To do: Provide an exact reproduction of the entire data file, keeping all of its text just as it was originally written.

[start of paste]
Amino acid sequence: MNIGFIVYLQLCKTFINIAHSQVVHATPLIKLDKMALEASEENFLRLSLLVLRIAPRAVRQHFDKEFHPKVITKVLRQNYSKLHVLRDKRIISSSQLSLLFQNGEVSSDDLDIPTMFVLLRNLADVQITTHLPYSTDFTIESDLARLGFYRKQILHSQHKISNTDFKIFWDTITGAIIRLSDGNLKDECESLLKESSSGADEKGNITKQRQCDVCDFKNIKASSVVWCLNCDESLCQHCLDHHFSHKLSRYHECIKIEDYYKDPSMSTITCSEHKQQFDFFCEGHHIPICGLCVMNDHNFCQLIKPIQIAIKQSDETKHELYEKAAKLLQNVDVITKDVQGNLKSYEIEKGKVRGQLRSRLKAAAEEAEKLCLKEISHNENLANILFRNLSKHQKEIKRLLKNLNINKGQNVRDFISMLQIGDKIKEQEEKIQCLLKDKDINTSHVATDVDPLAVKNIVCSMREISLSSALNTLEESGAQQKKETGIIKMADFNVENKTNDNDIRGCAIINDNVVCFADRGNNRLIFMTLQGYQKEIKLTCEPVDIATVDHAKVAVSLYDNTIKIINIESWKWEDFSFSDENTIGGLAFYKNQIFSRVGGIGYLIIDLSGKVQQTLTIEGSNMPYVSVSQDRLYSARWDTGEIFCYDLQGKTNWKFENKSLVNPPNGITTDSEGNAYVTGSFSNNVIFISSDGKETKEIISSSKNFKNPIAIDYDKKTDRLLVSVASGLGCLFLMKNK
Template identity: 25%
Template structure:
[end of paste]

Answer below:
Amino acid sequence: MNIGFIVYLQLCKTFINIAHSQVVHATPLIKLDKMALEASEENFLRLSLLVLRIAPRAVRQHFDKEFHPKVITKVLRQNYSKLHVLRDKRIISSSQLSLLFQNGEVSSDDLDIPTMFVLLRNLADVQITTHLPYSTDFTIESDLARLGFYRKQILHSQHKISNTDFKIFWDTITGAIIRLSDGNLKDECESLLKESSSGADEKGNITKQRQCDVCDFKNIKASSVVWCLNCDESLCQHCLDHHFSHKLSRYHECIKIEDYYKDPSMSTITCSEHKQQFDFFCEGHHIPICGLCVMNDHNFCQLIKPIQIAIKQSDETKHELYEKAAKLLQNVDVITKDVQGNLKSYEIEKGKVRGQLRSRLKAAAEEAEKLCLKEISHNENLANILFRNLSKHQKEIKRLLKNLNINKGQNVRDFISMLQIGDKIKEQEEKIQCLLKDKDINTSHVATDVDPLAVKNIVCSMREISLSSALNTLEESGAQQKKETGIIKMADFNVENKTNDNDIRGCAIINDNVVCFADRGNNRLIFMTLQGYQKEIKLTCEPVDIATVDHAKVAVSLYDNTIKIINIESWKWEDFSFSDENTIGGLAFYKNQIFSRVGGIGYLIIDLSGKVQQTLTIEGSNMPYVSVSQDRLYSARWDTGEIFCYDLQGKTNWKFENKSLVNPPNGITTDSEGNAYVTGSFSNNVIFISSDGKETKEIISSSKNFKNPIAIDYDKKTDRLLVSVASGLGCLFLMKNK
Template identity: 25%
Template structure: